226 × 118 cm, 7'4" × 3'10" ft
430 × 146 cm, 14'1" × 4'9" ft
213 × 122 cm, 6'11" × 4'0" ft
650 × 112 cm, 21'3" × 3'8" ft
Origin: Iran (Karabakh – Now Armenia/Azerbeijan)
Karabakh is a landlocked territory shared between Armenia and Azerbaijan, once part of Iran.
Common Designs: Medallion, Geometric
The most well-known pattern of Karabagh Rugs features three geometric medallions that resemble those found in Caucasian carpets. The central one, an eight-pointed star, has a latch-hooked contour and is different from the other geometric motifs.
Medallions with s-like shapes and pictorial and realistic (French style, Aubusson and Savonnerie) flower motifs may be seen on Karabagh carpets, such as “eagle kazaks” and “cloudband kazaks”. These can still be classed as Persian designs.
Common colours: Red, Black, Blue
For the field, medallions, and borders, the Karabagh uses black, blue-black or pomegranate red.
Material: Wool, Cotton
The Eastern Karabagh region produces rugs with cotton wefts and pastel blue wool or cotton selvedges. Non-manufactured Karabagh carpets, on the whole, have a soft, high pile of up to 2 cm.
Karabagh Rug Characteristics
All of the rugs are made of wool and are knotted in a symmetrical pattern. Karaja runners are comparable to Karabagh runners, although they have a more Persian aspect. As an older Karabagh rug was made in the area that was once part of Iran, these Persian rugs have varied design traditions.
The History Of Antique Persian Karabagh Rugs
Rugs from Karabagh were among the most popular Caucasus exports to Europe.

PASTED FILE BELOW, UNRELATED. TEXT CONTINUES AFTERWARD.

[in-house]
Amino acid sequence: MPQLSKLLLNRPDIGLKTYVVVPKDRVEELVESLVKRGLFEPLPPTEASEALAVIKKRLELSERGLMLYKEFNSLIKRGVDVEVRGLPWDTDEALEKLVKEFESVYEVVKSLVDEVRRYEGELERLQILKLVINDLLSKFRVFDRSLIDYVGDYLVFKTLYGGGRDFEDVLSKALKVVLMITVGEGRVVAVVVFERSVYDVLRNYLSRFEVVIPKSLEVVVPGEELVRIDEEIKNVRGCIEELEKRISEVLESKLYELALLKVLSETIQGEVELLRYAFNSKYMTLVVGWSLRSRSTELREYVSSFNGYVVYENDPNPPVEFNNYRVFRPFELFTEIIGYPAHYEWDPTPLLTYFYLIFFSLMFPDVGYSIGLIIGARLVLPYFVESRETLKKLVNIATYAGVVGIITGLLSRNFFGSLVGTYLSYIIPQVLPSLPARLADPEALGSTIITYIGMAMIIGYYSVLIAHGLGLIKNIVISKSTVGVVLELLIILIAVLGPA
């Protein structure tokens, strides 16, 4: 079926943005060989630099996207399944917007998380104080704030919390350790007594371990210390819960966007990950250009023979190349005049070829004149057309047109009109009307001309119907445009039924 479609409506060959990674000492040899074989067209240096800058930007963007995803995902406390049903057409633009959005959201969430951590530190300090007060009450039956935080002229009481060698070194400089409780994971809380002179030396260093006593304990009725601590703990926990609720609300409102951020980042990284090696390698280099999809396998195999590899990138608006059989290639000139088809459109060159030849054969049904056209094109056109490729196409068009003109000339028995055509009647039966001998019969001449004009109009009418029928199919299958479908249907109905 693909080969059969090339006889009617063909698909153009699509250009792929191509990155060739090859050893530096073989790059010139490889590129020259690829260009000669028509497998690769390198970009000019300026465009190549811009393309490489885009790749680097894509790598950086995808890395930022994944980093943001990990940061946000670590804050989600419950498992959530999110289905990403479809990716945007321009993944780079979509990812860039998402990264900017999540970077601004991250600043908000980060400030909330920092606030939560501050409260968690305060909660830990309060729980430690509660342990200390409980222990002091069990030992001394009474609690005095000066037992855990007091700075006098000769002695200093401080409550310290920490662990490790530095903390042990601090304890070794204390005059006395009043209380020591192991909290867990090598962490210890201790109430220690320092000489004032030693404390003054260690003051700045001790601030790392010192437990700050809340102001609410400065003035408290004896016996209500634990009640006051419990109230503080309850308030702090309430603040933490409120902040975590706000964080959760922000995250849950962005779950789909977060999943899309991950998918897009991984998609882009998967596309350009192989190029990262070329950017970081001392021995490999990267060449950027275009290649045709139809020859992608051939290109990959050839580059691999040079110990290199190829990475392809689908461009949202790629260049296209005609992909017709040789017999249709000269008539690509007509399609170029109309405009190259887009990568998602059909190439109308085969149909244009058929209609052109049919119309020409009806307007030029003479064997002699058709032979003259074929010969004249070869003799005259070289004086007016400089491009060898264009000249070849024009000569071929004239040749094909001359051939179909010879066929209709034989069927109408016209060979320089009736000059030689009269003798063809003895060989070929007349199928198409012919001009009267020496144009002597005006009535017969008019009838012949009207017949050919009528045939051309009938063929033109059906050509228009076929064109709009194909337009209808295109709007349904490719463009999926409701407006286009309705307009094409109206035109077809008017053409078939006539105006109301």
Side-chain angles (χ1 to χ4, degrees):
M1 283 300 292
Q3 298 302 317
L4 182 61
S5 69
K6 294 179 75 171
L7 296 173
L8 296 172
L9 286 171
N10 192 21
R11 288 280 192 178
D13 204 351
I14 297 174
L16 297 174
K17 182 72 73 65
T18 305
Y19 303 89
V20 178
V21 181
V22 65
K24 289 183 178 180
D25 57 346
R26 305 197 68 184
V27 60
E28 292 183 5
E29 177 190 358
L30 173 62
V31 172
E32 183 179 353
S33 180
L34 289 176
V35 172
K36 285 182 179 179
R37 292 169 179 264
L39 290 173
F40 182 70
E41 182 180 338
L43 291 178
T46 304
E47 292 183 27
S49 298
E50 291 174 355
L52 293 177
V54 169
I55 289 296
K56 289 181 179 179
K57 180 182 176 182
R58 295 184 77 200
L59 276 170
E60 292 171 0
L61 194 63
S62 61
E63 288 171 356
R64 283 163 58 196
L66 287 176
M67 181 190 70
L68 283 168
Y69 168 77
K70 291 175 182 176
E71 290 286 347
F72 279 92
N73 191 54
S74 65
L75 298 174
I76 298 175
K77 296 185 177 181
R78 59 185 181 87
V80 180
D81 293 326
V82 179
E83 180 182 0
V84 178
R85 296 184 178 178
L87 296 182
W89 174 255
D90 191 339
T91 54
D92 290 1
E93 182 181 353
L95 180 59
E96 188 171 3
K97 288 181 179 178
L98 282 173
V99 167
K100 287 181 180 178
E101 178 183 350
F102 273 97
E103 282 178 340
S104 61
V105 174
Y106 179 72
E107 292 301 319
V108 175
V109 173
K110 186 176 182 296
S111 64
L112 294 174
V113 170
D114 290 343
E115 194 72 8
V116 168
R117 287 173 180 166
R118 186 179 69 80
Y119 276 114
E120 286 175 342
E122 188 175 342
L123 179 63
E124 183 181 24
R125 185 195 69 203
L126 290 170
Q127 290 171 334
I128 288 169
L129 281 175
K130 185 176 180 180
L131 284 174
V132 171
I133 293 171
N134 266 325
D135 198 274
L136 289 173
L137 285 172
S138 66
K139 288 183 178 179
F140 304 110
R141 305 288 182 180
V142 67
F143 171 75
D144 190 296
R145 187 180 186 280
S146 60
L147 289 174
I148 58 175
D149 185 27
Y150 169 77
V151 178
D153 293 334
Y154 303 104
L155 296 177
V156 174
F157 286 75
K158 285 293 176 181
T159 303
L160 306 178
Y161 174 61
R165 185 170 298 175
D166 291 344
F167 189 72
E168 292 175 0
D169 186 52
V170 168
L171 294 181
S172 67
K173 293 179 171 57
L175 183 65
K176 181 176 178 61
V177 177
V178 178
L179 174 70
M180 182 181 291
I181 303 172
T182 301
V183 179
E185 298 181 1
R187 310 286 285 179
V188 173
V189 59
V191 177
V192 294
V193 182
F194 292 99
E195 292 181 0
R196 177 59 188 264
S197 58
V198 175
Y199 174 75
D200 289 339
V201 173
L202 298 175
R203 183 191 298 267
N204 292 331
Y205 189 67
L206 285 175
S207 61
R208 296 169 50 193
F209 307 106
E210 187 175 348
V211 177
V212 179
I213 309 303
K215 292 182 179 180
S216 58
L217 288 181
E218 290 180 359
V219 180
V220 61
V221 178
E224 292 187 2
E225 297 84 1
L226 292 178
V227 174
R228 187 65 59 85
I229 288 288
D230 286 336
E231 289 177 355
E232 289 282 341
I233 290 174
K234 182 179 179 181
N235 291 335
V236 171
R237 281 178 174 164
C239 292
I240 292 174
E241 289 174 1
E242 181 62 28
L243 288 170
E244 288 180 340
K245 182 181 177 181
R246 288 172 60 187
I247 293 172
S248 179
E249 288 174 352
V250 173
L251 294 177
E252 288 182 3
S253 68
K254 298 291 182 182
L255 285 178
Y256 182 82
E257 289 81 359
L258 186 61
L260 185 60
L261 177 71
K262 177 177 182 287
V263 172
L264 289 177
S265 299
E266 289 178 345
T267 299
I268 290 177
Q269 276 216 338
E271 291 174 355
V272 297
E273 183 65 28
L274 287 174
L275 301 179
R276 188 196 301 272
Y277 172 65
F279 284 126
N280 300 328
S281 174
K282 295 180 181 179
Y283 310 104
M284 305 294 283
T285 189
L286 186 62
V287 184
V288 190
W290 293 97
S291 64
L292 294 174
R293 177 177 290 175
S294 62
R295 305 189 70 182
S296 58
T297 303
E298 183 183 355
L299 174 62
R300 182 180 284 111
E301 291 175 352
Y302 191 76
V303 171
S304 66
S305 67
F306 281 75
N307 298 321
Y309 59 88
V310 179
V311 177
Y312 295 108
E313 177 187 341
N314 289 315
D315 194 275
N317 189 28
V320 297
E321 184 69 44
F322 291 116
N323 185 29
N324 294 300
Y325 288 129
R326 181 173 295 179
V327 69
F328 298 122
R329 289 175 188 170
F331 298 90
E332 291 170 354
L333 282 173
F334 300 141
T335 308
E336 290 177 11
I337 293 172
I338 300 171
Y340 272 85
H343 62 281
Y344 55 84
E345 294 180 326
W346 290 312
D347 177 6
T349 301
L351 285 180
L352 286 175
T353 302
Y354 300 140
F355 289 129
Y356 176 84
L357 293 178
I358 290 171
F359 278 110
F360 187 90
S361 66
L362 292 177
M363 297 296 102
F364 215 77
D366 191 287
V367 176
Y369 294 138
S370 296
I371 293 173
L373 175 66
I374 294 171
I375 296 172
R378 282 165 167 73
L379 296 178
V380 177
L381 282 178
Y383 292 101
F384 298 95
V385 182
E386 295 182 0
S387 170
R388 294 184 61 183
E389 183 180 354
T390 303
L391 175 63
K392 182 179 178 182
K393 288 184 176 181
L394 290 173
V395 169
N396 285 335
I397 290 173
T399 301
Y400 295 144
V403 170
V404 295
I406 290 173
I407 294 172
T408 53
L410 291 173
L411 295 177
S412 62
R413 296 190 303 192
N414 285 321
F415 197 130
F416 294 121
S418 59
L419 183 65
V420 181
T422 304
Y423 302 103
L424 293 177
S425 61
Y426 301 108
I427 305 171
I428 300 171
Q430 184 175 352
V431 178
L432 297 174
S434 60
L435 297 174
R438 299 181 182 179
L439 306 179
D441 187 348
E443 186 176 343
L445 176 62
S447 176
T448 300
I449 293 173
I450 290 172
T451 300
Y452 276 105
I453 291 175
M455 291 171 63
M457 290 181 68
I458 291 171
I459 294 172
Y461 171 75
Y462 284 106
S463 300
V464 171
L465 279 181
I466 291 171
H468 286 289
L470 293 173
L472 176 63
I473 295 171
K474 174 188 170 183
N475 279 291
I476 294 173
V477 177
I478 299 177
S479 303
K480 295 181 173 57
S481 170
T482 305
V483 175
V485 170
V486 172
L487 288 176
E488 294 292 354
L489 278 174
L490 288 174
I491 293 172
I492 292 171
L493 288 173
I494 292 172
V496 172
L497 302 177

These were the forerunners of what we now refer to as Antique Karabagh rugs from the nineteenth and early twentieth centuries. This region was one of the world’s most important rug producing centres at the time. Armenians are considered to have woven a large portion of Karabagh’s rug output in the nineteenth century.
Rugs were traditionally woven in small workplaces or individual households in small villages where various ethnic groups lived at different points in history.
Woven carpets were major symbols of affluence, not just practical crafts, unlike many other rural villages. Weaving was regarded as a necessary skill for women, who began learning to weave at six and were expected to complete at least one piece as part of their dowry. Every month, each household was supposed to weave at least one rug.
Floral designs popular in French carpets began to be woven throughout the Caucasus, primarily in the Karabagh area.
Why Choose LONDON HOUSE RUGS
At London House Rugs, we are rug specialists. We’ve spent over four decades perfecting our method and building long-term, ethical relationships with weavers throughout Asia. A London House Rug is subjected to rigorous sourcing, manufacturing, and finishing processes to assure quality and beauty.
We devote a significant effort to scouring the Middle East for the most exquisite carpets and building long-term ethical connections with weaving cooperatives. We have a large selection of new and vintage carpets in various sizes in our store.
We assist individuals and businesses in the design, production and location of carpets for various uses. Please see some of our recent projects to get an idea of the vast spectrum of services we provide, which vary from a single hearth rug for your own house to a hundred handcrafted carpets for a hotel rollout.
Because we have over 40 years of experience, we can assist you in selecting the best rug for your space.